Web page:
Student Voice

Memphis school leaders have extra money to invest for first time in years. Here’s how one student thinks they should spend it.

PHOTO: Caroline Bauman
Amal Altareb, 16, is a student leader at Central High School.

Superintendent Dorsey Hopson unveiled a $945 million spending plan this week that focuses largely on boosting teacher pay, classroom supports and struggling schools.

It’s a big deal, as the proposal marks the first time since the 2013 merger of city and county schools that Shelby County Schools hasn’t faced major cuts to balance its budget. Hopson’s administration projects having enough money to strategically invest in schools by adding counselors, assistant principals, instructional coaches and interventionists for literacy and math.

Chalkbeat spoke recently about the proposed investments with Amal Altareb, 16, a junior at Central High School and student leader with Facing History and Ourselves. In preparation, Amal polled about 30 classmates about what they would do if they held the district’s purse strings.

Here are the highlights of our Q&A:

What are the biggest needs at your school?

Central is an old school, and you can really tell sometimes. I know there are a lot of older schools in Memphis. How a school looks may not seem like a big deal, but we’re in the buildings all day. If the bathrooms don’t work or a school looks really rundown, that matters to the students who spend so many hours there.

Many students (that I polled) also talked about restorative justice. (Disciplinary) options shouldn’t be just (in-school suspension), suspension or even expulsion if a student acts out. It should be about why the student acted out. There needs to be more help and support for teachers and principals, so they’re not responsible for handling discipline. Or everyone needs training in what restorative justice means.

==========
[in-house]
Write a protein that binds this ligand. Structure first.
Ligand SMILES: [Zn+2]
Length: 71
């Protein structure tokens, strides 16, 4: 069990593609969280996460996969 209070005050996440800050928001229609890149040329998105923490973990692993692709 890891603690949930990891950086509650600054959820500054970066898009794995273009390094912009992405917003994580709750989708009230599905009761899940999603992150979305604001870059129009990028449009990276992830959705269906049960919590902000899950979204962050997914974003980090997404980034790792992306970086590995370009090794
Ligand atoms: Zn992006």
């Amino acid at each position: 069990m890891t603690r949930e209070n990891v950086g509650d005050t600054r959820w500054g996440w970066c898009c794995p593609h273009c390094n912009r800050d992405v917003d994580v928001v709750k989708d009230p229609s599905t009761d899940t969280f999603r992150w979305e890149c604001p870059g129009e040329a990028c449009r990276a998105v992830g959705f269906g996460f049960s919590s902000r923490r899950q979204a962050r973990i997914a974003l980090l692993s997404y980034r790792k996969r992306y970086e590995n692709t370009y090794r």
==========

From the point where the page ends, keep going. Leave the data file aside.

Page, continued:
What do you want district leaders to know about your school?

There are so many great things going on at Central. We have a group that meets every week called Warriors Unite. Here, we talk about what’s going on at our school and in our community, and what we can do about it. Students are actively thinking about a lot of the problems that people in charge of our schools are thinking about, and we should all be around the same table much more often.

I also want district leaders to talk more about why students have to spend so much time testing. Teachers shouldn’t have to teach students to a test, but I think that’s often what teachers have to do. One student told me that tests take away from instructional time and falsely represent the work of teachers, which I really agree with. I’m definitely for holding students accountable for our work and making sure that we’re learning what we need to be successful. But it seems like there’s much more emphasis on “how can students do better on this test so our schools rank better?” rather than “are students learning what they need to be successful after high school?”

What do you think about the district’s proposed spending priorities for next school year?

I think raises for teachers is really amazing. They work hard and deserve to be rewarded for that. I was also really excited to hear about the increases in counselors and behavior specialists. That goes back to what I was saying earlier with restorative justice — teachers can’t be expected to do it all. They need more help.


You can read more details about the spending plan here.

money matters

Why money for Memphis schools is about to be based on students, not adults

PHOTO: Laura Faith Kebede
Under a budget model switch, Shelby County Schools would focus more on the types of students in their buildings and less on the number of staff per school.

Educators generally agree that a one-size-fits-all approach to teaching doesn’t work. Now school leaders in Memphis are saying it doesn’t work when distributing money to schools, either.